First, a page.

New Mexico’s Herrell to object to Electoral College results
ROSWELL, N.M. (AP) — U.S. Rep.-elect Yvette Herrell of New Mexico says she’ll be among Republican members of Congress who will formally object on Wednesday to the certification of the Electoral College tally of votes.
Herrell said Thursday on her Facebook page that she would vote against certifying the Electoral College results in which President-elect Joe Biden defeated President Donald Trump, the Roswell Daily Record reported.
Herrell in November unseated first-term incumbent Democrat Xochitl Torres Small to represent the 2nd Congressional District in central and southern New Mexico.
Herrell is set to be sworn into office on Sunday, three days before House and Senate hold a joint session to certify the vote results.
Herrell’s Facebook post said millions of Americans feel the election “was not conducted with integrity and fairness” and that it’s her duty as a member of Congress “to ensure that legitimate concerns over the integrity of the presidential election are thoroughly heard and examined.”
Trump has attributed his defeat to widespread voter fraud, despite nonpartisan election officials and now-former U.S. Attorney General William Barr saying there wasn’t any.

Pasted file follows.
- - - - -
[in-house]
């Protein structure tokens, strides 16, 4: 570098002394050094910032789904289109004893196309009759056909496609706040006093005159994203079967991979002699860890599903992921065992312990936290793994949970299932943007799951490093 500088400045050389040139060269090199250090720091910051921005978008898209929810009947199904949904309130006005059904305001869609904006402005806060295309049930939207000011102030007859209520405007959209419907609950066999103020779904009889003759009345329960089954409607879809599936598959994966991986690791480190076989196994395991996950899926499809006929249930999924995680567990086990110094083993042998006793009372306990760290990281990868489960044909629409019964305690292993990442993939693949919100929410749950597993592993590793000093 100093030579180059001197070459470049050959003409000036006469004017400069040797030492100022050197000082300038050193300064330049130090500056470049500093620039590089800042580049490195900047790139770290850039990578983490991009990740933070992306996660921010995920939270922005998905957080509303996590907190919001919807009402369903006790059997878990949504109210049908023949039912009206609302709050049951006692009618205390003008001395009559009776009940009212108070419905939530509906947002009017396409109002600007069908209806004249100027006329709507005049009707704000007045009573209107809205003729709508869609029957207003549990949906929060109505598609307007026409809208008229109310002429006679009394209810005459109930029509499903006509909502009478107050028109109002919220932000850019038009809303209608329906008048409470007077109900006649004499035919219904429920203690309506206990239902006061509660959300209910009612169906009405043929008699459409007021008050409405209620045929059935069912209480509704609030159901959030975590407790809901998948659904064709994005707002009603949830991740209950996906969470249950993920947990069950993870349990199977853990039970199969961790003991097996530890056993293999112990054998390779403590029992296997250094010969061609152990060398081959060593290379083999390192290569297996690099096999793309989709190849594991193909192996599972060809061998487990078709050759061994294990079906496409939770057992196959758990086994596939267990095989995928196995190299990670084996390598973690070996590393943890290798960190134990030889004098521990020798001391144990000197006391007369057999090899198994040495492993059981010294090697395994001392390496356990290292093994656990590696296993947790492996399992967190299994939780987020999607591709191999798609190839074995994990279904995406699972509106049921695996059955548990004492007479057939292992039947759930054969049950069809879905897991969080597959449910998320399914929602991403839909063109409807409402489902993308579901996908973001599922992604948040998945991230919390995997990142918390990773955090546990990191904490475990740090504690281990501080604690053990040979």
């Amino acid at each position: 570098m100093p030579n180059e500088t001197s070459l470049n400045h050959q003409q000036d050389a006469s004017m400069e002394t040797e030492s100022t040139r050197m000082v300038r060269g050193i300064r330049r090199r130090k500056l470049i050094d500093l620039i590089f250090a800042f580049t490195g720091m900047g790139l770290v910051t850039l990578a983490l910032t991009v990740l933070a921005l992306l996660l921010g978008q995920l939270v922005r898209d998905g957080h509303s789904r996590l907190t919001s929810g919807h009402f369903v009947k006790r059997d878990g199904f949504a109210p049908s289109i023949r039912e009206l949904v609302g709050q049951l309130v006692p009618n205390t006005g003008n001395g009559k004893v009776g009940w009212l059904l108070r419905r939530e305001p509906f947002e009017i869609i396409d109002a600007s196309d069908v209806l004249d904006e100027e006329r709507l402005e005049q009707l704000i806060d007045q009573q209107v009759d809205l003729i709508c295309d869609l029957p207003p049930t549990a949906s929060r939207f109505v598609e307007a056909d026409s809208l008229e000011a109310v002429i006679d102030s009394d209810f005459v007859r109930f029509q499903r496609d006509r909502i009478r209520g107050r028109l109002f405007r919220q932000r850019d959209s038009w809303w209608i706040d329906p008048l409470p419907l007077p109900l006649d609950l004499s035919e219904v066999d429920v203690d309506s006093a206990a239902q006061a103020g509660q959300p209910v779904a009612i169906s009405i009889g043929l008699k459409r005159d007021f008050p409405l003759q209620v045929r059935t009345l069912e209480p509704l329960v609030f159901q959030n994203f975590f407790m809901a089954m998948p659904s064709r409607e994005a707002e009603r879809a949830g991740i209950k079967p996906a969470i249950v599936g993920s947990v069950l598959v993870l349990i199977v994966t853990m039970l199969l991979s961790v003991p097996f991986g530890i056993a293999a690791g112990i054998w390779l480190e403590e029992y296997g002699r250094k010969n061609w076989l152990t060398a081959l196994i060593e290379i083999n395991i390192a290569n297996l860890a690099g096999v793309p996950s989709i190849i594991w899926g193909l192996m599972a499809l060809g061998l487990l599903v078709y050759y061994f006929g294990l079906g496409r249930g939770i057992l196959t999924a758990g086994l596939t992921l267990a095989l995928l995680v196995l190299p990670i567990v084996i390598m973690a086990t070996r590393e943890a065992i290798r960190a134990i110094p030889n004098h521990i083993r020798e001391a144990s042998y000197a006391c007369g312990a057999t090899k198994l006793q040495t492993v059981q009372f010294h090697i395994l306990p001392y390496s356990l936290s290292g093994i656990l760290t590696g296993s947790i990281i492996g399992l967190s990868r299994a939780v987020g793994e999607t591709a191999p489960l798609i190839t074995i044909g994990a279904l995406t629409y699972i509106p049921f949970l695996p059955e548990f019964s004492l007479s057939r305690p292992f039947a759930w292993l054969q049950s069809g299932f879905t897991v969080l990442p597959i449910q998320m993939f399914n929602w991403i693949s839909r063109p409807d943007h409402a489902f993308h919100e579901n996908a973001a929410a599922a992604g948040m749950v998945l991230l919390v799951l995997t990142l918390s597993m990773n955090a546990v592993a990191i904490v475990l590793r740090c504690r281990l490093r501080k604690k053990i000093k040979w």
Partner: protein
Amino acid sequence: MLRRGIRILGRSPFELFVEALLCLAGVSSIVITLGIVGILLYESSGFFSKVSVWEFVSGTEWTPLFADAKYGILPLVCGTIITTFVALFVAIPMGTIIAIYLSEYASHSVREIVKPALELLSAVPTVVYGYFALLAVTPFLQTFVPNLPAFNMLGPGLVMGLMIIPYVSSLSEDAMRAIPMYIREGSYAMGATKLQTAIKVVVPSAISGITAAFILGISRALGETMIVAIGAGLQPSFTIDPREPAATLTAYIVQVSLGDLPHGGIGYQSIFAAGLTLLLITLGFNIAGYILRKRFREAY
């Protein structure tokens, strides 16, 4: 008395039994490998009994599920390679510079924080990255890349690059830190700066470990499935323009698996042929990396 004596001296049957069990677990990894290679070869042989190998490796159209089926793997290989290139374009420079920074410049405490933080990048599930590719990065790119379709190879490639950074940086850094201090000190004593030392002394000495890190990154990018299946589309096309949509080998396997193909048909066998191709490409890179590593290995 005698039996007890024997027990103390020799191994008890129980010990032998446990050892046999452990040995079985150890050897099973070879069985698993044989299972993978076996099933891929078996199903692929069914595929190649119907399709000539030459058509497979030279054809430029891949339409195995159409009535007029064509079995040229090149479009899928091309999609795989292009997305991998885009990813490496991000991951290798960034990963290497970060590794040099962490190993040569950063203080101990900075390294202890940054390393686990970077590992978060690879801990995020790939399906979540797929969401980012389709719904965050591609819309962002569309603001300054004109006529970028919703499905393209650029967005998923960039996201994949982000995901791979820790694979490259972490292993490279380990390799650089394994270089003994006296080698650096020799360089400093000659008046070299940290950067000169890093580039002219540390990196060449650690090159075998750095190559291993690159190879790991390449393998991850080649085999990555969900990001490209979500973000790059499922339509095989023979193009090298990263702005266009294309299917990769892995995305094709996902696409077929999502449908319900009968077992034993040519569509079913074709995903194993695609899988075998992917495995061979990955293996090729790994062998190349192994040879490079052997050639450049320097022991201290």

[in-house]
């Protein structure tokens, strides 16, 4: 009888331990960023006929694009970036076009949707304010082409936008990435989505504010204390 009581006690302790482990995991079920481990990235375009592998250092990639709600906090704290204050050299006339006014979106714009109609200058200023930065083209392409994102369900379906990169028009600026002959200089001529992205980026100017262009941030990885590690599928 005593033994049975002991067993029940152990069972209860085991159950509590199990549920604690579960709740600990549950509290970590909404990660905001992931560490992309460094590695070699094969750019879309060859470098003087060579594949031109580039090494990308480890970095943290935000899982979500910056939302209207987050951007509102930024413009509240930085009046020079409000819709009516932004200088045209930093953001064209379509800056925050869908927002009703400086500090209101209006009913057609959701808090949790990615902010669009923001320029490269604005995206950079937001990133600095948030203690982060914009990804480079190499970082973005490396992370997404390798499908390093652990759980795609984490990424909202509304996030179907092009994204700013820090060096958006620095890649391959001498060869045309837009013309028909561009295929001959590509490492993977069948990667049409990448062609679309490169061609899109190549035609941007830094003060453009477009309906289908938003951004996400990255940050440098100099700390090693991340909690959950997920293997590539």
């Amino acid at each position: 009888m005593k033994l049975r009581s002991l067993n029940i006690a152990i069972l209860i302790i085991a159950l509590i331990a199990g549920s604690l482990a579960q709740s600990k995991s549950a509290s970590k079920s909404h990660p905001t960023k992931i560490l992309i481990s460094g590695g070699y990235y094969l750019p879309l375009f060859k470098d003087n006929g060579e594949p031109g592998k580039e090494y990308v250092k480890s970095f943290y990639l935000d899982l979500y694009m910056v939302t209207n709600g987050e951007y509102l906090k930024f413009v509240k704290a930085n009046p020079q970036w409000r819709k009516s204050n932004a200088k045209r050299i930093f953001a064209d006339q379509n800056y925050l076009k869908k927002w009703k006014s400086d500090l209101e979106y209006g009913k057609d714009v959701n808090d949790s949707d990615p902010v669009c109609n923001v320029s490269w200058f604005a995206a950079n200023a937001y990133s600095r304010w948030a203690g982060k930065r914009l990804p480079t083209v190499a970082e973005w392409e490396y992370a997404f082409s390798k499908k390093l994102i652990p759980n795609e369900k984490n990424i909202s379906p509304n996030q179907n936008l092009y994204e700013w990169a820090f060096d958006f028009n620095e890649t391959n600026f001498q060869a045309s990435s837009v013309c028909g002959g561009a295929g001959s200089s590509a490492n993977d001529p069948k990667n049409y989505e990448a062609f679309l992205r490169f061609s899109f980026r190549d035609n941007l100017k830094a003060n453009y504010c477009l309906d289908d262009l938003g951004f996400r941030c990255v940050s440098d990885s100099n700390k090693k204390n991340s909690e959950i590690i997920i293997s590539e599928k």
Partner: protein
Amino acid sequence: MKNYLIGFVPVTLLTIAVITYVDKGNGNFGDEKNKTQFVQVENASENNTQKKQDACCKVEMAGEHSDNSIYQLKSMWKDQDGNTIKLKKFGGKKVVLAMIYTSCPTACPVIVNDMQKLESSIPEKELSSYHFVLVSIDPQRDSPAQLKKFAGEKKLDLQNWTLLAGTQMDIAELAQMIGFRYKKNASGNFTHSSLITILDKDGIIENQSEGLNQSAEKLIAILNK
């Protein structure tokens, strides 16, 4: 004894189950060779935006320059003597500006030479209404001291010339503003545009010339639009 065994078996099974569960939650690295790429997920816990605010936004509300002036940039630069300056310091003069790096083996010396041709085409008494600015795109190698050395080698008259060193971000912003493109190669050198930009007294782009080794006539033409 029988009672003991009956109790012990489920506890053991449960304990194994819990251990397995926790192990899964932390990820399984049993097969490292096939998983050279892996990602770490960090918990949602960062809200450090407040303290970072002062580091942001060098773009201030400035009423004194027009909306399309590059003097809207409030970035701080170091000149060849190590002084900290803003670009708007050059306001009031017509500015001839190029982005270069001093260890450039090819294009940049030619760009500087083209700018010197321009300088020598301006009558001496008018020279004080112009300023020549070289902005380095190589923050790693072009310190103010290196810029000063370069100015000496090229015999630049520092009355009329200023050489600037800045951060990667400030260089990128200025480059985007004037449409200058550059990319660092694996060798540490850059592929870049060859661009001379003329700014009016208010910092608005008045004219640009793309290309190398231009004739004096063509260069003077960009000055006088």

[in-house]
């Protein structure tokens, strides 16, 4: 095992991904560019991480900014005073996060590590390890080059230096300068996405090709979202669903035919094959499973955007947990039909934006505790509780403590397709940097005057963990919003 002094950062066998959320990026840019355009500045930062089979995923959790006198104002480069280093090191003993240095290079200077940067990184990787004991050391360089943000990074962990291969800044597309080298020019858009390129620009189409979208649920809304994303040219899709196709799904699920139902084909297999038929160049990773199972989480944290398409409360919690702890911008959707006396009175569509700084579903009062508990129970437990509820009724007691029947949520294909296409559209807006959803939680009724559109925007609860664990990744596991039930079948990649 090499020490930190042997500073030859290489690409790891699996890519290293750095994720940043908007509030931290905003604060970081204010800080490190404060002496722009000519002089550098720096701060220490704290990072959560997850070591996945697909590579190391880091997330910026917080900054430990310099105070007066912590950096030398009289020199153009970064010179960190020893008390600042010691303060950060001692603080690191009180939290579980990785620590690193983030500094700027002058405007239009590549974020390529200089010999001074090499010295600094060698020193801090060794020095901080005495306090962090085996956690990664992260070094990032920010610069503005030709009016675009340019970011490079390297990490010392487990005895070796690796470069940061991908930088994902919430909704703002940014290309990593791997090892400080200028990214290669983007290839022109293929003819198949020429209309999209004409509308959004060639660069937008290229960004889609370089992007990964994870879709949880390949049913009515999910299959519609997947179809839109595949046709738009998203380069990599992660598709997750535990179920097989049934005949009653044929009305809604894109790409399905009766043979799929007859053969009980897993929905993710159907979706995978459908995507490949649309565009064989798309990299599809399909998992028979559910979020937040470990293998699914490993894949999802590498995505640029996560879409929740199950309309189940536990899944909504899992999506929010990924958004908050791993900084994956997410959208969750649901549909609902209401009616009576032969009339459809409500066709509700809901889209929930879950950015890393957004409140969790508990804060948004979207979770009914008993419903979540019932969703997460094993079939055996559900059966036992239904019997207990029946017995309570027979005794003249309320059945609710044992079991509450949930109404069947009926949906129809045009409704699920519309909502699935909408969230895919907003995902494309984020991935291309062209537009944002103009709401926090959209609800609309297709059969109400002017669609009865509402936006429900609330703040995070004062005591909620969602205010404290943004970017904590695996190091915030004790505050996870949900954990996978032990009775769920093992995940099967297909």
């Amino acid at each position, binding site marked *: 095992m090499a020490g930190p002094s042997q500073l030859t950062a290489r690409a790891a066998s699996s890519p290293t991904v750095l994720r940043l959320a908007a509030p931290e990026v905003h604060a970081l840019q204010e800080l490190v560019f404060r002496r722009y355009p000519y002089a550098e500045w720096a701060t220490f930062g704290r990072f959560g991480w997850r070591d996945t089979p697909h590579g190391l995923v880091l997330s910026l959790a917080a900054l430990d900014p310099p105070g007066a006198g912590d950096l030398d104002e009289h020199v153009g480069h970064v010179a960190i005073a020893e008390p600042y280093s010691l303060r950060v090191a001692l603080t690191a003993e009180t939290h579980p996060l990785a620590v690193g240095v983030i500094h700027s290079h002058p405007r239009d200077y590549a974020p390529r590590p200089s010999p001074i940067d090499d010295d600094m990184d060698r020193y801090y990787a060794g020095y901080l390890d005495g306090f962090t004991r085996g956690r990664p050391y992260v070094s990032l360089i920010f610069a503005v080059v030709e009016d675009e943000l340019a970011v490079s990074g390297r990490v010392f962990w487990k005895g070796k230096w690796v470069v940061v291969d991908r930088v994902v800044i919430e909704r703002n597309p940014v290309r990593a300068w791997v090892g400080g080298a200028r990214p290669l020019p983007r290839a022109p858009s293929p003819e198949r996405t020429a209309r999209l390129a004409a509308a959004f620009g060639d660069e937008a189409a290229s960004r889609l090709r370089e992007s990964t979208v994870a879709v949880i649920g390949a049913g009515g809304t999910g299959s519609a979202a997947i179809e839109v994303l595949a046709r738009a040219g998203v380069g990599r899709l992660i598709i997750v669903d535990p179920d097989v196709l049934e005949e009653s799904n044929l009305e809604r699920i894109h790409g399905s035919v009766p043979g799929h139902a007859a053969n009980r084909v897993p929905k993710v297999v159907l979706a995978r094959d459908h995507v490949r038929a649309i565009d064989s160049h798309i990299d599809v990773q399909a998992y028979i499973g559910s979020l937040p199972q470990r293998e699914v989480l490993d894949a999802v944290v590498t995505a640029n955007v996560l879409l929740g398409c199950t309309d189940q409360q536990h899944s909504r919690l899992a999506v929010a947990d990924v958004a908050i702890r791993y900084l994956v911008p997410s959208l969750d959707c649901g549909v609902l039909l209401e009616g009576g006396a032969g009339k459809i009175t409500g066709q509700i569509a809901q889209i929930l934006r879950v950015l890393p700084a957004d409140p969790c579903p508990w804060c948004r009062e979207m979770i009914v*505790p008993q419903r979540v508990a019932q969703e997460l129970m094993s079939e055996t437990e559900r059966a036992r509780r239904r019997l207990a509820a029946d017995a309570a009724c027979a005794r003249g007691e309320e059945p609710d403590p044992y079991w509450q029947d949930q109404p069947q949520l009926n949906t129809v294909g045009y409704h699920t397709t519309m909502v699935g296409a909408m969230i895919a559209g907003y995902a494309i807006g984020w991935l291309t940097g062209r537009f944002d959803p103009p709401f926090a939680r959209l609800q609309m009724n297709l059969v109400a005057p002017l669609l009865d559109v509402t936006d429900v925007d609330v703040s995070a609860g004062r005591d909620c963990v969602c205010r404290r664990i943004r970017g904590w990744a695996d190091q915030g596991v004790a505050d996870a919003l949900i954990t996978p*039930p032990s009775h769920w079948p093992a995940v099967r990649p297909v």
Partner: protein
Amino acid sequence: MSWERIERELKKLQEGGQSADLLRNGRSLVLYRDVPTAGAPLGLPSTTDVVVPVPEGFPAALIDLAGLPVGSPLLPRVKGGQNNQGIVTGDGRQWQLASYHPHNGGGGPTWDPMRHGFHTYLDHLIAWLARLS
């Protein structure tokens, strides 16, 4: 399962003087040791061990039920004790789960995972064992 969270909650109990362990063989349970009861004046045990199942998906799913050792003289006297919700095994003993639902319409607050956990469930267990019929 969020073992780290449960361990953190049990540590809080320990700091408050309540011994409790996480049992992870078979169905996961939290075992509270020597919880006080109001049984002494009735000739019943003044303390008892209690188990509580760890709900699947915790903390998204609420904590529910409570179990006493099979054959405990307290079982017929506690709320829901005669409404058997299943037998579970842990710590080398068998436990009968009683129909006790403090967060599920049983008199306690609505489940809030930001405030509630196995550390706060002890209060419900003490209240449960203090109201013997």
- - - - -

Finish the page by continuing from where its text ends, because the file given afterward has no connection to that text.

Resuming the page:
Marg Elliston, chair of the Democratic Party of New Mexico, accused Herrell of spreading misinformation about the election, and putting her own beliefs over the will of the voters.
New Mexico went for Biden in the November’s presidential election which gave the Democratic nominee an Electoral College margin over 306 to 232 over Trump.
Trump and his allies have filed roughly 50 lawsuits challenging election results, and nearly all have been dismissed or dropped. He’s also lost twice at the U.S. Supreme Court.
The group of House Republicans has said it plans to challenge the election results from Michigan, Wisconsin, Pennsylvania, Georgia and Nevada. Biden won all those states.
Sen. Josh Hawley, R-Mo., this week became the first GOP senator to announce he also will raise objections.
With objections in both chambers of Congress, that would force House and Senate votes that likely would delay but not alter the final certification of Biden’s win.